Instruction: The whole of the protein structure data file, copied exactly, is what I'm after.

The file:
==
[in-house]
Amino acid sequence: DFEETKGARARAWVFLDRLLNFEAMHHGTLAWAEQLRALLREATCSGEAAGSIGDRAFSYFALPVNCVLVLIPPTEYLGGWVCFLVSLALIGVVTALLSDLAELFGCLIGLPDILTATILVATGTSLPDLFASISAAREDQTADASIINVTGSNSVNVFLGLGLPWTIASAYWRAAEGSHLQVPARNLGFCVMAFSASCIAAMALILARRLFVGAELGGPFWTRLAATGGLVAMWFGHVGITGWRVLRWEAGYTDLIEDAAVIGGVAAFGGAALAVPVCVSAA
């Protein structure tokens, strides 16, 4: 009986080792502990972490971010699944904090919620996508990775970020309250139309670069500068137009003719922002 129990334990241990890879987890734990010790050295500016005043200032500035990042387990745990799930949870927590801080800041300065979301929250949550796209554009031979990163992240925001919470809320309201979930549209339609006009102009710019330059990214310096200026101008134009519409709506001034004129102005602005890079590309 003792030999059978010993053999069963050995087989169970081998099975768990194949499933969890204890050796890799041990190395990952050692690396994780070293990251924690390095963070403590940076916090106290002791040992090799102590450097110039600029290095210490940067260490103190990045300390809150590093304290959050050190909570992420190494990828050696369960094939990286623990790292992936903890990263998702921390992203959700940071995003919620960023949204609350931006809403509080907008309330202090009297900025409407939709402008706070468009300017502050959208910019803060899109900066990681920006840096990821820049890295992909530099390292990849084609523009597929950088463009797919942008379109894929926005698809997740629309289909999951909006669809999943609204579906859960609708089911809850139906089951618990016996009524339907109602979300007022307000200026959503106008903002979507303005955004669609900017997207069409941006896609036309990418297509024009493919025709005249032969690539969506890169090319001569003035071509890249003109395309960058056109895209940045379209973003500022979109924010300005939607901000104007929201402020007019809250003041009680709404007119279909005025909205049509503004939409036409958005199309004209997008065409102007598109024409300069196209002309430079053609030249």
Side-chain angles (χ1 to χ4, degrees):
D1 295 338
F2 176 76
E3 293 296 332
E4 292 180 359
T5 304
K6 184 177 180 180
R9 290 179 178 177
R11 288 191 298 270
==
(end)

[in-house]
Amino acid sequence: DFEETKGARARAWVFLDRLLNFEAMHHGTLAWAEQLRALLREATCSGEAAGSIGDRAFSYFALPVNCVLVLIPPTEYLGGWVCFLVSLALIGVVTALLSDLAELFGCLIGLPDILTATILVATGTSLPDLFASISAAREDQTADASIINVTGSNSVNVFLGLGLPWTIASAYWRAAEGSHLQVPARNLGFCVMAFSASCIAAMALILARRLFVGAELGGPFWTRLAATGGLVAMWFGHVGITGWRVLRWEAGYTDLIEDAAVIGGVAAFGGAALAVPVCVSAA
């Protein structure tokens, strides 16, 4: 009986080792502990972490971010699944904090919620996508990775970020309250139309670069500068137009003719922002 129990334990241990890879987890734990010790050295500016005043200032500035990042387990745990799930949870927590801080800041300065979301929250949550796209554009031979990163992240925001919470809320309201979930549209339609006009102009710019330059990214310096200026101008134009519409709506001034004129102005602005890079590309 003792030999059978010993053999069963050995087989169970081998099975768990194949499933969890204890050796890799041990190395990952050692690396994780070293990251924690390095963070403590940076916090106290002791040992090799102590450097110039600029290095210490940067260490103190990045300390809150590093304290959050050190909570992420190494990828050696369960094939990286623990790292992936903890990263998702921390992203959700940071995003919620960023949204609350931006809403509080907008309330202090009297900025409407939709402008706070468009300017502050959208910019803060899109900066990681920006840096990821820049890295992909530099390292990849084609523009597929950088463009797919942008379109894929926005698809997740629309289909999951909006669809999943609204579906859960609708089911809850139906089951618990016996009524339907109602979300007022307000200026959503106008903002979507303005955004669609900017997207069409941006896609036309990418297509024009493919025709005249032969690539969506890169090319001569003035071509890249003109395309960058056109895209940045379209973003500022979109924010300005939607901000104007929201402020007019809250003041009680709404007119279909005025909205049509503004939409036409958005199309004209997008065409102007598109024409300069196209002309430079053609030249």
Side-chain angles (χ1 to χ4, degrees):
D1 295 338
F2 176 76
E3 293 296 332
E4 292 180 359
T5 304
K6 184 177 180 180
R9 290 179 178 177
R11 288 191 298 270